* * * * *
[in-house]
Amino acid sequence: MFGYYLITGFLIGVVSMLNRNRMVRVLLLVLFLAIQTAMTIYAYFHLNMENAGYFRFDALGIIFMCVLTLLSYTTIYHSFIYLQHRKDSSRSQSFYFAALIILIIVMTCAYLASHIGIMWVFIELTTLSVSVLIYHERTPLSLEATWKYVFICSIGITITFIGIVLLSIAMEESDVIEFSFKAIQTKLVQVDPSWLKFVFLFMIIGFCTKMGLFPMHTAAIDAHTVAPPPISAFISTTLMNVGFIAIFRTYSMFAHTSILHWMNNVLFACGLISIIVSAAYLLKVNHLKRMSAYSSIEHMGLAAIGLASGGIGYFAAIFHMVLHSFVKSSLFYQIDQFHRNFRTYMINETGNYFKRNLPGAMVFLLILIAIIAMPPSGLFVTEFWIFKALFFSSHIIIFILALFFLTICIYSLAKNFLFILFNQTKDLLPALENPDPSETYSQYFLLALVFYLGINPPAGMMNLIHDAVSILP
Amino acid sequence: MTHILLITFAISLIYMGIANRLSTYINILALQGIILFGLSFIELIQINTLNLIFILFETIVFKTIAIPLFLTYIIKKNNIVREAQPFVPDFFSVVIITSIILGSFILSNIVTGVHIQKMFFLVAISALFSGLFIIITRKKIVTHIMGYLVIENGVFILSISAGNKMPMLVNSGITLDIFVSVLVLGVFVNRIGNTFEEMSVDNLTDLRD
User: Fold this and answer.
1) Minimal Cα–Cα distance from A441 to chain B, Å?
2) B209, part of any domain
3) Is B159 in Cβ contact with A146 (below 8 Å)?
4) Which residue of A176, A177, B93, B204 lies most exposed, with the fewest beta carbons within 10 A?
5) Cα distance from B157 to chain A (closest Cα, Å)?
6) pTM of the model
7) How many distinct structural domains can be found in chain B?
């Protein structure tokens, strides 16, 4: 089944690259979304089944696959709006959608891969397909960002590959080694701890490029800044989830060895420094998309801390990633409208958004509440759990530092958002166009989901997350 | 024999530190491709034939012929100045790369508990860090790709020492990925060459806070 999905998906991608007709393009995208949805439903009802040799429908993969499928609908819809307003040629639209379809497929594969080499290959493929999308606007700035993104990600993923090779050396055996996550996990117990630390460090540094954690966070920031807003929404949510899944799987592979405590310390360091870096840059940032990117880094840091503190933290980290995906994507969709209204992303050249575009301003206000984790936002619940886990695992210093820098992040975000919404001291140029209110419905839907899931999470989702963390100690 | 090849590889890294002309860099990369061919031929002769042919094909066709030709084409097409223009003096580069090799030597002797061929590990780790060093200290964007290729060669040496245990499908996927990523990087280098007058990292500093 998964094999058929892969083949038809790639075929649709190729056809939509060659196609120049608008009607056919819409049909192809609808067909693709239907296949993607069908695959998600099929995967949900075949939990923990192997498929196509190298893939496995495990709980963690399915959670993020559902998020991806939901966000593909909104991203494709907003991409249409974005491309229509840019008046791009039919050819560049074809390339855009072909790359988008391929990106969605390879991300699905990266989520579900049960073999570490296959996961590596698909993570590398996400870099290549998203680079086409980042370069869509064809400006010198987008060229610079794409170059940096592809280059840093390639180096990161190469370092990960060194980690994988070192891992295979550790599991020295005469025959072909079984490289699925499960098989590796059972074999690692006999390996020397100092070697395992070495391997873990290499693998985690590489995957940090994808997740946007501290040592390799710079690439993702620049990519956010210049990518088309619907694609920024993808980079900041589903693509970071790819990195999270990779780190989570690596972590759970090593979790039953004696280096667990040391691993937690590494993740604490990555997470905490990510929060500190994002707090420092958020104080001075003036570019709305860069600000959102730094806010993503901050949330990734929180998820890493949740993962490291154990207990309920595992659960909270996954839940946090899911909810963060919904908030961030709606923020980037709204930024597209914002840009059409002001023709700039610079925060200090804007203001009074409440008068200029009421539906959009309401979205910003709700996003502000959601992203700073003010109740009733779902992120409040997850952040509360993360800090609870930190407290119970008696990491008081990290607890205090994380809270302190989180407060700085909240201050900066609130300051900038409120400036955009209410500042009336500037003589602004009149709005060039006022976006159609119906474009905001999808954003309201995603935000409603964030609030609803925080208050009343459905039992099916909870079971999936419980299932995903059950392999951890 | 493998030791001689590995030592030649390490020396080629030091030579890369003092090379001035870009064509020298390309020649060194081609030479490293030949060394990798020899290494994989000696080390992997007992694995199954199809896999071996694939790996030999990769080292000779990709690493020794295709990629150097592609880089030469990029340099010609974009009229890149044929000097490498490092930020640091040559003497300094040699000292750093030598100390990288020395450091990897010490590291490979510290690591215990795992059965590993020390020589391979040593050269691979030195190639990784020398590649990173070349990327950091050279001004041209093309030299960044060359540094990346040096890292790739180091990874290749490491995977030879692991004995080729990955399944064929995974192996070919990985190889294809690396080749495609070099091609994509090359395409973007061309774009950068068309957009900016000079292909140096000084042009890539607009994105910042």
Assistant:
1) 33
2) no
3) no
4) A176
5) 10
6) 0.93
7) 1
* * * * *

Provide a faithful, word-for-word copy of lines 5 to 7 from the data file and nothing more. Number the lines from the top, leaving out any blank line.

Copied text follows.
1) Minimal Cα–Cα distance from A441 to chain B, Å?
2) B209, part of any domain
3) Is B159 in Cβ contact with A146 (below 8 Å)?